Writing for Understanding
Writing is often used as a way to evaluate students’ understanding of a certain topic, but research suggests that writing promotes learning in its own right. Writing allows students to organize their thoughts, exposes gaps in understanding, and helps students establish clarity. The famous British novelist, E.M. Forester once said, “How can I know what I think until I see what I say?” Since the 1970’s researchers have compiled a significant body of evidence that reinforces Forester’s observation that writing clarifies thinking in important ways.
In 1970, James Britton paved the way for many other scholars by challenging the traditional view that writing was primarily an activity that should emphasize mechanical correctness and teaching a rigid set of discourse forms. He pointed out that language organizes experience, and as such, writing plays an important role in learning. Janet Emig in her landmark article, “Writing as a Mode of Learning” (1977), said that writing is “neurologically integrative, connective, and active.” That is, it uses many parts of the brain and therefore “represents a unique form of learning.”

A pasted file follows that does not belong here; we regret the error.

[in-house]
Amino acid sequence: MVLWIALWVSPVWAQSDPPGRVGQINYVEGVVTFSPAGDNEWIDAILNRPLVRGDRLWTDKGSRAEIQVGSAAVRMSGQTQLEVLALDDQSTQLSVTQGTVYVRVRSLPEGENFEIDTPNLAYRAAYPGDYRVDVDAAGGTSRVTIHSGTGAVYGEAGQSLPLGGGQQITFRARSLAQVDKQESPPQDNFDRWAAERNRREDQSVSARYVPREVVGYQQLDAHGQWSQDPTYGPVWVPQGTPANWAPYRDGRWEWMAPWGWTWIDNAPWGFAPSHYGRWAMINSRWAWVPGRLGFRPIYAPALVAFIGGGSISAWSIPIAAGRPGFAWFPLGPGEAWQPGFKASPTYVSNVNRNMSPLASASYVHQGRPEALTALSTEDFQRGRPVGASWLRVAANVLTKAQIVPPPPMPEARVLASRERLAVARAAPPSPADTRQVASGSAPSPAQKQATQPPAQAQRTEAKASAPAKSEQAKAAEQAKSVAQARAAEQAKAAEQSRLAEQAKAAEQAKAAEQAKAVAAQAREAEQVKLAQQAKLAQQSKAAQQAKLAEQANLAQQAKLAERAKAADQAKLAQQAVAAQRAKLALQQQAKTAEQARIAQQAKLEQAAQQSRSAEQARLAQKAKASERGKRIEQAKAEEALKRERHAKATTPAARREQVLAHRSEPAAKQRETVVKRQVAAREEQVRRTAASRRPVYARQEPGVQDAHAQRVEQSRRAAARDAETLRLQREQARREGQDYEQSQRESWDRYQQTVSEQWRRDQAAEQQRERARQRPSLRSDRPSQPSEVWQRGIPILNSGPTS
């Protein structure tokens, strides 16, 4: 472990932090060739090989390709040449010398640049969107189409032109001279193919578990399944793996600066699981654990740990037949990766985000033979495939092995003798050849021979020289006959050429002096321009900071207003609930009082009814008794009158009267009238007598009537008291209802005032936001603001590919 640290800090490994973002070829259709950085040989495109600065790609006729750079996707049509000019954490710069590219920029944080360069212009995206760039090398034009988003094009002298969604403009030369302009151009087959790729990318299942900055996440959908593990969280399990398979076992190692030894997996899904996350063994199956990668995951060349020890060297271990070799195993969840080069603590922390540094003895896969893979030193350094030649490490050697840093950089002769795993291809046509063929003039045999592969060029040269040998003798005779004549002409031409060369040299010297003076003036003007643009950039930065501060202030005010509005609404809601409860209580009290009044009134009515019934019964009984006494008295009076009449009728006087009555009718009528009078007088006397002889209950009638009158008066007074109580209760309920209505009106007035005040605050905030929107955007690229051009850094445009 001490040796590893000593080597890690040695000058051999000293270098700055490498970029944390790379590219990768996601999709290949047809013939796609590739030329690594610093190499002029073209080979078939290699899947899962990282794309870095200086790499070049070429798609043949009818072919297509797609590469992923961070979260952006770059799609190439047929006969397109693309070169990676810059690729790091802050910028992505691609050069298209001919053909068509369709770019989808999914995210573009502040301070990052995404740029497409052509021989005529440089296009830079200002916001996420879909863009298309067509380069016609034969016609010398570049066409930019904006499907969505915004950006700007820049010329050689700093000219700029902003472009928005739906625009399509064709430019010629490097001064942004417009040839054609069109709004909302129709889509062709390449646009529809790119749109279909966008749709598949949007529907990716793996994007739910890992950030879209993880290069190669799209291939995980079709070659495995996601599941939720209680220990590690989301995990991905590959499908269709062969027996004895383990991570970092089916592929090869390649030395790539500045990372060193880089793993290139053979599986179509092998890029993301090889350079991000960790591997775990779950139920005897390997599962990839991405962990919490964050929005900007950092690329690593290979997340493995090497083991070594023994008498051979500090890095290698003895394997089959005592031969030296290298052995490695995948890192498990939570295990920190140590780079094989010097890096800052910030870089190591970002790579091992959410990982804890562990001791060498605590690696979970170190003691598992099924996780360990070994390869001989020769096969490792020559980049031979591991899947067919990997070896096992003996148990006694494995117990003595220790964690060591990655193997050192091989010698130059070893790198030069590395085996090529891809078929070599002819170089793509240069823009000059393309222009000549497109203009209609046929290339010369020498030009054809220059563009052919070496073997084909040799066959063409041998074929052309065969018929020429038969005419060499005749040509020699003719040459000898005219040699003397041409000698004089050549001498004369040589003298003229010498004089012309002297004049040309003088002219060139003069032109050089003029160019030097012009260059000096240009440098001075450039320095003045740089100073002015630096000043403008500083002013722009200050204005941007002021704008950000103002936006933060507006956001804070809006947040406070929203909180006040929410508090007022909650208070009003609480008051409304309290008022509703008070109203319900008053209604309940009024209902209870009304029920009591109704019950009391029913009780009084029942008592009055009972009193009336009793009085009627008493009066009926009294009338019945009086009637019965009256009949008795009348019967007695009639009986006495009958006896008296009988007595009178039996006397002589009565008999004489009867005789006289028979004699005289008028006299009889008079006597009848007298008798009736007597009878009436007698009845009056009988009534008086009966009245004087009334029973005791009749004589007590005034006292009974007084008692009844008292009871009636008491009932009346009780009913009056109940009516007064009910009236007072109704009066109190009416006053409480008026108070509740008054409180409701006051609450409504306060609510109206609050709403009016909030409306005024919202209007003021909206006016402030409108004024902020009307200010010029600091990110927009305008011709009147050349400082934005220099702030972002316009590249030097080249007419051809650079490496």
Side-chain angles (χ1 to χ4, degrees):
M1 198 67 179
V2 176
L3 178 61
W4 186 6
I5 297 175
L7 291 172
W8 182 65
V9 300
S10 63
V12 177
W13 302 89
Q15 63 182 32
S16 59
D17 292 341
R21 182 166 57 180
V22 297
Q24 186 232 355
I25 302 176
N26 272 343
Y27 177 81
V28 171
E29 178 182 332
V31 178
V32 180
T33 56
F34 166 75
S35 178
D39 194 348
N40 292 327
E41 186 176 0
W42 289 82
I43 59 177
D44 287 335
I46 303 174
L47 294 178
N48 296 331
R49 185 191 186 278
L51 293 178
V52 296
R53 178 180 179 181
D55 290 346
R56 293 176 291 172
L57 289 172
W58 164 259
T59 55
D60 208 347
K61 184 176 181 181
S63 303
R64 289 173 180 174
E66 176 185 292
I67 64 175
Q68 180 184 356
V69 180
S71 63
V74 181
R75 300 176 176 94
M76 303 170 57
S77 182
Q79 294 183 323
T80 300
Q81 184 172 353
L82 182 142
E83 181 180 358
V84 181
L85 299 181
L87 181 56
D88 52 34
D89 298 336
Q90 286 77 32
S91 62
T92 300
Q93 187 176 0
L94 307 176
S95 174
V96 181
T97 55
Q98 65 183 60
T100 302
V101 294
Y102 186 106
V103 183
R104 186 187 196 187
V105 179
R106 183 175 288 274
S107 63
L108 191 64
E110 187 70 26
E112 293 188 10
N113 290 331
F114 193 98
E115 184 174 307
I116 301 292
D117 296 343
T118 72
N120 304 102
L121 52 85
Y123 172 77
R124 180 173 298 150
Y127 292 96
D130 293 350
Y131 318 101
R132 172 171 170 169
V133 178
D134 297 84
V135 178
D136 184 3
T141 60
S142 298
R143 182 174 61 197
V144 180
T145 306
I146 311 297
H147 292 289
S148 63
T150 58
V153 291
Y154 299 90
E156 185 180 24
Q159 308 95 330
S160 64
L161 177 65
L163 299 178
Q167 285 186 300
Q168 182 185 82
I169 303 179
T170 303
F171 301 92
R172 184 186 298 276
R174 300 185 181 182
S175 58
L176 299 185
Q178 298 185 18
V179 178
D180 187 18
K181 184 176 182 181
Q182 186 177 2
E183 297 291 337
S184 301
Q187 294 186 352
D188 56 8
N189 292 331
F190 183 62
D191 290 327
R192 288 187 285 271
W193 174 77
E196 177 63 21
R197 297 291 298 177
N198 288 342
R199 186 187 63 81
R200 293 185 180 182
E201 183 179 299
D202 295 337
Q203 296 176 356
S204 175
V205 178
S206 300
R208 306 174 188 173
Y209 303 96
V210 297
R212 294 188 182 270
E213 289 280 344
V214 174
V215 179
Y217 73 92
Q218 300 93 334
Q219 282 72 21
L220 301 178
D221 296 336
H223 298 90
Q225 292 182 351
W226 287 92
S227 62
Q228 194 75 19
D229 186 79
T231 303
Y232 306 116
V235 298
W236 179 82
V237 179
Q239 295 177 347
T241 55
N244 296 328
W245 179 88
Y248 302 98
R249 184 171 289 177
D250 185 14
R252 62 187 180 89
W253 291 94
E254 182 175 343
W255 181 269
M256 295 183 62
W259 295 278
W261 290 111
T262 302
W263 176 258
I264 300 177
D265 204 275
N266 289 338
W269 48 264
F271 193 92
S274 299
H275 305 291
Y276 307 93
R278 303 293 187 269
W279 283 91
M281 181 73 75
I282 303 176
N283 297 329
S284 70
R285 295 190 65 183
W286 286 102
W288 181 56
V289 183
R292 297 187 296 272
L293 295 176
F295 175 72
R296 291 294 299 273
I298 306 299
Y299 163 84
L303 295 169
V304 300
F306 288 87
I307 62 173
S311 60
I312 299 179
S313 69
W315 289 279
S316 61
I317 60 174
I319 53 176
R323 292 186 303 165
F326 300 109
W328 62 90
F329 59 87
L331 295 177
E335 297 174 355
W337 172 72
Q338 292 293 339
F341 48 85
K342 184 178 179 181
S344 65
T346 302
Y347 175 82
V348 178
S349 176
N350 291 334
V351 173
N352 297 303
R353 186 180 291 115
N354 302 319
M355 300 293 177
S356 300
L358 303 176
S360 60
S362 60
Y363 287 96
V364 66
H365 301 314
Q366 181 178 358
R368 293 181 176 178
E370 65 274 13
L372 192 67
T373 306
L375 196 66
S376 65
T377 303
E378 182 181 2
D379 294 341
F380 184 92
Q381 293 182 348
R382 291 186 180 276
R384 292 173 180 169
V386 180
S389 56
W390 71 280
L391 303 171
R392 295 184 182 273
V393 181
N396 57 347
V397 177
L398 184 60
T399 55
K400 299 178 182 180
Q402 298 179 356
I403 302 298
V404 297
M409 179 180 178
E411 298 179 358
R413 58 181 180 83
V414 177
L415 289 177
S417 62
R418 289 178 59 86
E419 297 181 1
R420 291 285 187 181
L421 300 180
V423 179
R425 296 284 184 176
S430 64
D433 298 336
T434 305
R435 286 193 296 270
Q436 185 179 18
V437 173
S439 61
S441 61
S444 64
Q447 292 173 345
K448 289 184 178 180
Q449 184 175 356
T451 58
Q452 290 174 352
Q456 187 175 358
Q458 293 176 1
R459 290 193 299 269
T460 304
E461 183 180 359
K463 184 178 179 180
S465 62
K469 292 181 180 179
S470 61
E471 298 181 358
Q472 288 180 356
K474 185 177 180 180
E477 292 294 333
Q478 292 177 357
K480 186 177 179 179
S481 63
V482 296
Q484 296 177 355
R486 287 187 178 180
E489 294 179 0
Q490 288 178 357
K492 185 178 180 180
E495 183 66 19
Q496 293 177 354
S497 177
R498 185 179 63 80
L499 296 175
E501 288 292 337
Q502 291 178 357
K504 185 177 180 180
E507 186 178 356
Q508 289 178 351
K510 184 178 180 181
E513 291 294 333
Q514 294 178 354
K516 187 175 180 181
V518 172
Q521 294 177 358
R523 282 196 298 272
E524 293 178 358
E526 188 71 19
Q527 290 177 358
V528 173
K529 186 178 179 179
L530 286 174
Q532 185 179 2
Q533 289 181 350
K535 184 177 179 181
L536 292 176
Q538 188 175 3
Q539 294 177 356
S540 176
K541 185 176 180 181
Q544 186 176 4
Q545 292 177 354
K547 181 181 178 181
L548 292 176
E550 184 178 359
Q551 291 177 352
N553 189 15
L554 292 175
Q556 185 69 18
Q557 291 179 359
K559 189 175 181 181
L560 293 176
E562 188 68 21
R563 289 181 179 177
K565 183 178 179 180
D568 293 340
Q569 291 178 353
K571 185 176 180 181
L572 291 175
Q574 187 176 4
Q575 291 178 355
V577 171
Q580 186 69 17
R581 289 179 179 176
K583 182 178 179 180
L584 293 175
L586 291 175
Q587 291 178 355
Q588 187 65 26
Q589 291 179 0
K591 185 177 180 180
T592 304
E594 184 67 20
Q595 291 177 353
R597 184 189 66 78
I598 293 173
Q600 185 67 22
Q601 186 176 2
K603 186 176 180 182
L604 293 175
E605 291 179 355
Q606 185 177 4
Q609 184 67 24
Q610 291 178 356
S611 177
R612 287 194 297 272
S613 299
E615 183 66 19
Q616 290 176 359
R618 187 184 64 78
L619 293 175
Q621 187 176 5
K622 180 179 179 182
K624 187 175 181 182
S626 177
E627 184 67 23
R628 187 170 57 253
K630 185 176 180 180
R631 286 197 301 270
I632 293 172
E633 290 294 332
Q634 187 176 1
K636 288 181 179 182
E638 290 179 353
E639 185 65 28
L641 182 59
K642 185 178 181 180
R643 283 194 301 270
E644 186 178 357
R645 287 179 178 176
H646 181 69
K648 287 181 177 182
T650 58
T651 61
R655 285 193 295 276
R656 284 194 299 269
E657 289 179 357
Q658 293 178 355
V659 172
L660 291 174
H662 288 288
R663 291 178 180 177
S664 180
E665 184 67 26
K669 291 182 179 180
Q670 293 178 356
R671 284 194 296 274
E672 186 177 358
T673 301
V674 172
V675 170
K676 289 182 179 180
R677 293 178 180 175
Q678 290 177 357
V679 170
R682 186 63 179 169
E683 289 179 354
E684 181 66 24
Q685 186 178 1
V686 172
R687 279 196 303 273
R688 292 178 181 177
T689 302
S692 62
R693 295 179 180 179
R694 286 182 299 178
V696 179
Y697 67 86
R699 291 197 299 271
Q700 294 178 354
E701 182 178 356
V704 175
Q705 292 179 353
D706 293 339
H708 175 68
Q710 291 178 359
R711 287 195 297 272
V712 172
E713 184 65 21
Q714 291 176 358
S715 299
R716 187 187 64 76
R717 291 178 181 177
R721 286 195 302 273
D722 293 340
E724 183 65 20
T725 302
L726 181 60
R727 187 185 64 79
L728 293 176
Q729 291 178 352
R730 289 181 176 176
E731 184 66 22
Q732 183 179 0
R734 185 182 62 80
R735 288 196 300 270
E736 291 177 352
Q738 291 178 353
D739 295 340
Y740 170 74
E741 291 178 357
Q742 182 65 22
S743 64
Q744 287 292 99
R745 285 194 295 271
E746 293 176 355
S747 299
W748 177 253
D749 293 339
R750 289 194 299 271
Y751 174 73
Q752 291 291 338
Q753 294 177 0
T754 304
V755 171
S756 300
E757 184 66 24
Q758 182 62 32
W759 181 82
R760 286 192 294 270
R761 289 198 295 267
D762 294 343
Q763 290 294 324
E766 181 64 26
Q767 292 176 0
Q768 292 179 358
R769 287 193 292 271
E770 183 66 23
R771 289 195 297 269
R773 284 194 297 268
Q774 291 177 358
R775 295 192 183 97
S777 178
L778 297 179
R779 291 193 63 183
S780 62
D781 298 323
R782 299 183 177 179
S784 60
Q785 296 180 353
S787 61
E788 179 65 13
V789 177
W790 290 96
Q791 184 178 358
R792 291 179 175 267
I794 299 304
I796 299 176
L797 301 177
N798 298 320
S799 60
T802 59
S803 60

In 1984, Newell observed students who were writing and concluded that “students’ understanding of concepts from a prose passage was significantly better after writing essays than after answering study questions”. Langer and Applebee in their book, How Writing Shapes Thinking (1987) went on to identify three apparent truths about writing and its link to intellectual development: 1) Writing activities promote learning better than activities involving only studying or reading. 2)Different kinds of writing activities lead students to focus on different kinds of information. 3)In contrast to short-answer responses, which turn information into discrete small pieces, analytic writing promotes more complex and thoughtful inquiry but on a smaller amount of information.
Langer and Applebee went on to conclude that writing for a variety of purposes about a variety of subjects should be integrated into schools’ curricular decisions. Nevertheless, during the past ten years, with the nationwide implementation of high stakes testing, social studies teachers have not been encouraged to devote time to writing. consistently heard the message all this research demonstrates. Because the format of the tests has primarily been multiple choice, social studies teachers have too often left writing instruction to the language arts and English departments.
Our DBQs and Mini-Qs help social studies teachers and districts build writing into their curricula. In each step in our DBQ Project Method, students write for different purposes. Our professional development workshops stress the importance of writing, and help teachers themselves get clear on the elements of a proficient argument essay.